The sun is shining, I’ve been on a few errands, I’ve not been glued to Twitter/Facebook/a computer screen all morning and I’ve had a lovely lunch with my husband at our favourite local restaurant. And in an hour I’m going for a massage at my local spa.
Life is good. That’s the story I’m telling myself today, and indeed the story I tell myself on most days. It wasn’t always like this, though. As we munched our way through a delightful fishcake, I told my husband the story of my nervous breakdown.
OK, I’ll admit that nervous breakdown might be a slight overstatement (that’s another story) but it was certainly a major burnout and one of the lowest points of my life – at least that’s how my memory is creating the current narrative.
I was in my early 30s and had been the editor of a pop magazine (Record Mirror) for about 18 months. While on many levels it was an exciting and glamorous job, it was not one to which I was best suited. I absorbed responsibility like a sponge and never learned how to delegate, thus leaving my deputy with little to do while I struggled to cope with the workload.
My colleagues, most of whom I considered to be friends, treated me differently when I was their boss. This was a psychological shift that had taken me unawares and I felt rejected and alone. As I was a people-pleaser I tried to involve everyone in the decision-making process when all they wanted was leadership.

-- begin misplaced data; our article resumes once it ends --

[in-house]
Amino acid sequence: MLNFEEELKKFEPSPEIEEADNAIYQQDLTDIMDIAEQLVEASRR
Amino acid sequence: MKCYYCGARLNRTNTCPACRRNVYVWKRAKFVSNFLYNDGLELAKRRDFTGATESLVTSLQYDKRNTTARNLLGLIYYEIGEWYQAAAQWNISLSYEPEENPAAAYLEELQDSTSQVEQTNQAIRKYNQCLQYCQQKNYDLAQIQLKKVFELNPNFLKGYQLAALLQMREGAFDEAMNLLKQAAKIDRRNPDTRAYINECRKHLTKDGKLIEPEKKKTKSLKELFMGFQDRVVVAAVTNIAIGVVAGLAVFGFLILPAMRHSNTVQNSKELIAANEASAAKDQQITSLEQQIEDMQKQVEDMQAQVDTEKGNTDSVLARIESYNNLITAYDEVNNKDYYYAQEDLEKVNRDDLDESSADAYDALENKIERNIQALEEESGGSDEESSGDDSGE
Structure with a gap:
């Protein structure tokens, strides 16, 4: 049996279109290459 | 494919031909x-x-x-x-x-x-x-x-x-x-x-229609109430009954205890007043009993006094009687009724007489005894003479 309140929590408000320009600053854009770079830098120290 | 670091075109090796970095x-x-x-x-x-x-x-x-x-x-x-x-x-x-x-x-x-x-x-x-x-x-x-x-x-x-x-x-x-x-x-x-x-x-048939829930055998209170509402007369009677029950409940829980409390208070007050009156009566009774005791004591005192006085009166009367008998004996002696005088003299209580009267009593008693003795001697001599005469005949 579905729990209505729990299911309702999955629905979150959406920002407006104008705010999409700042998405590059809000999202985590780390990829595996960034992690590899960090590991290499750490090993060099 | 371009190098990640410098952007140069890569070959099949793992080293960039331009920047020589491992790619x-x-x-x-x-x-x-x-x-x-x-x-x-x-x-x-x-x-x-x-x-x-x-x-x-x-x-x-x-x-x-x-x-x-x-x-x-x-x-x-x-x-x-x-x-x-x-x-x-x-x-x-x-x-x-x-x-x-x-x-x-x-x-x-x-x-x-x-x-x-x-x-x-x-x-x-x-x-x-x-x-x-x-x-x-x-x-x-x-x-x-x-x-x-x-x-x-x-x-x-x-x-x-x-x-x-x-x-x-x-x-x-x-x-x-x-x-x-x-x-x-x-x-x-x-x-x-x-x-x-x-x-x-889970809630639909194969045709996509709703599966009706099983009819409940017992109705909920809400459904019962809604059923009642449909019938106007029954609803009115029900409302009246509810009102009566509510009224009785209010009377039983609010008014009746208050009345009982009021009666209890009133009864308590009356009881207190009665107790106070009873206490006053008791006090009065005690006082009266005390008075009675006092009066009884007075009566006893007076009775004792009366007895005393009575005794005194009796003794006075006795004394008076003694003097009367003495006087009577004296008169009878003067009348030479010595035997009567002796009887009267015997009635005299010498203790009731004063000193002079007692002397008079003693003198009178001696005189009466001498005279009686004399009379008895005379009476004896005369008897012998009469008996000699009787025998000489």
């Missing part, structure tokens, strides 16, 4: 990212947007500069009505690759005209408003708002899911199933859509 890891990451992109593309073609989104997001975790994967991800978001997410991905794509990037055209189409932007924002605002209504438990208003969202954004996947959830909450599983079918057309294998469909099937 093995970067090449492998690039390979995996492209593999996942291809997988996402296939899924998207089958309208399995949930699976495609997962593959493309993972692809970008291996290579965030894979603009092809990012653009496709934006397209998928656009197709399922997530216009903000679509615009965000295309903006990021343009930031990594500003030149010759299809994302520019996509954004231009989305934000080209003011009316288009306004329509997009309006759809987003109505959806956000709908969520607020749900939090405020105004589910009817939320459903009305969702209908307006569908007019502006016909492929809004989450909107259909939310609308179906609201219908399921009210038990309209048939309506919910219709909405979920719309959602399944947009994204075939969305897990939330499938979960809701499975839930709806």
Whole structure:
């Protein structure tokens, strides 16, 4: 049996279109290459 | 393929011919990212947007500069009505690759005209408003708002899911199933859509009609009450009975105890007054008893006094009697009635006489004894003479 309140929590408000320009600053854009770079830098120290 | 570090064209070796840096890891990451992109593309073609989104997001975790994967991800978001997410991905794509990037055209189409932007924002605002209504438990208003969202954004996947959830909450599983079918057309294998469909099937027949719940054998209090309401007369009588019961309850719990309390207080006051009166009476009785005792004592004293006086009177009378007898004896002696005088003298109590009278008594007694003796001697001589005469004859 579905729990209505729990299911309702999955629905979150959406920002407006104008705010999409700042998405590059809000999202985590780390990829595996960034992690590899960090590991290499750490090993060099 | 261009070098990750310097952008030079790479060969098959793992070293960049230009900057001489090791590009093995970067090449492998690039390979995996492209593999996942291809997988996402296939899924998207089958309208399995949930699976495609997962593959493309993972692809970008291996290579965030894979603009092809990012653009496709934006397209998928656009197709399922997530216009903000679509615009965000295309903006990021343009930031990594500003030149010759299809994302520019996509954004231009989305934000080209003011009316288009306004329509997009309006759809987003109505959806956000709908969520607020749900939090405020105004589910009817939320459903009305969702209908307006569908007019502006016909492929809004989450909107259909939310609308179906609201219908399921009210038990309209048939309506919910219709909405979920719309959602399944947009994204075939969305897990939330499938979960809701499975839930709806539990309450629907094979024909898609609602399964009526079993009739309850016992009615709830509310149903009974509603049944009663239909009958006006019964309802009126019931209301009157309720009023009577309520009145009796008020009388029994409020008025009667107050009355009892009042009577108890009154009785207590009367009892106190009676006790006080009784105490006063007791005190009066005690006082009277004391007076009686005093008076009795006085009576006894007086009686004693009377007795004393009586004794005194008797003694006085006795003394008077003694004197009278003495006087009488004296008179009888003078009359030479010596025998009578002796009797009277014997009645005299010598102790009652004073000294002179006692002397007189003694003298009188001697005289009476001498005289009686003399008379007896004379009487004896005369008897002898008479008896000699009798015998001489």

To compensate, I partied too hard and that, combined with stress, tipped me over the edge. I woke up one day and realised I couldn’t do it any more. The doctor diagnosed nervous exhaustion and put me on antidepressants. I resigned a month later.
The story I told myself for years afterwards was that I wasn’t cut out for the top job, I must avoid stressful situations, I couldn’t take on a responsible position again and I certainly wasn’t a leader.
This narrative resulted in a long period of hiding in the shadows and not fulfilling my potential. In fact it’s only now that I feel I’m getting anywhere near coming out into the light. That’s how powerful these life scripts can be.
So I ask you again. What stories are you telling yourself? Are they good ones or are they holding you back? Don’t let them push you into the shadows – the world needs your light.